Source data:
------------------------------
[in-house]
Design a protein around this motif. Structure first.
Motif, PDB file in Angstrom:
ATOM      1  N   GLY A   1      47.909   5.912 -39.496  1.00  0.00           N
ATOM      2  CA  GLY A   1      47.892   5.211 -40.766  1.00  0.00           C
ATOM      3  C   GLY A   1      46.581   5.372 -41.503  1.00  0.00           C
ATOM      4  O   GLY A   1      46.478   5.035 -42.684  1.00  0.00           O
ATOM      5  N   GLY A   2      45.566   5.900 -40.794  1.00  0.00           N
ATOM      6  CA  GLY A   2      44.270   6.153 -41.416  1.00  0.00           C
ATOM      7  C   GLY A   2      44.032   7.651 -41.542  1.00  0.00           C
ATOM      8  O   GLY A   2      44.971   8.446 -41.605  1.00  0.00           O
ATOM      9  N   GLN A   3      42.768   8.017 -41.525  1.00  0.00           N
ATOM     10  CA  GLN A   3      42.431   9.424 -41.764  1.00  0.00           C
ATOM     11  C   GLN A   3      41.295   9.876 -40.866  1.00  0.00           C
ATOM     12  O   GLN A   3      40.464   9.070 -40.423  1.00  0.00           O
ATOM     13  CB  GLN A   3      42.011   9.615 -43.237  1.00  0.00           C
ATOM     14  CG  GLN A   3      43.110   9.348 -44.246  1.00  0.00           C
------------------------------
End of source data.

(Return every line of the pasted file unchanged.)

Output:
[in-house]
Design a protein around this motif. Structure first.
Motif, PDB file in Angstrom:
ATOM      1  N   GLY A   1      47.909   5.912 -39.496  1.00  0.00           N
ATOM      2  CA  GLY A   1      47.892   5.211 -40.766  1.00  0.00           C
ATOM      3  C   GLY A   1      46.581   5.372 -41.503  1.00  0.00           C
ATOM      4  O   GLY A   1      46.478   5.035 -42.684  1.00  0.00           O
ATOM      5  N   GLY A   2      45.566   5.900 -40.794  1.00  0.00           N
ATOM      6  CA  GLY A   2      44.270   6.153 -41.416  1.00  0.00           C
ATOM      7  C   GLY A   2      44.032   7.651 -41.542  1.00  0.00           C
ATOM      8  O   GLY A   2      44.971   8.446 -41.605  1.00  0.00           O
ATOM      9  N   GLN A   3      42.768   8.017 -41.525  1.00  0.00           N
ATOM     10  CA  GLN A   3      42.431   9.424 -41.764  1.00  0.00           C
ATOM     11  C   GLN A   3      41.295   9.876 -40.866  1.00  0.00           C
ATOM     12  O   GLN A   3      40.464   9.070 -40.423  1.00  0.00           O
ATOM     13  CB  GLN A   3      42.011   9.615 -43.237  1.00  0.00           C
ATOM     14  CG  GLN A   3      43.110   9.348 -44.246  1.00  0.00           C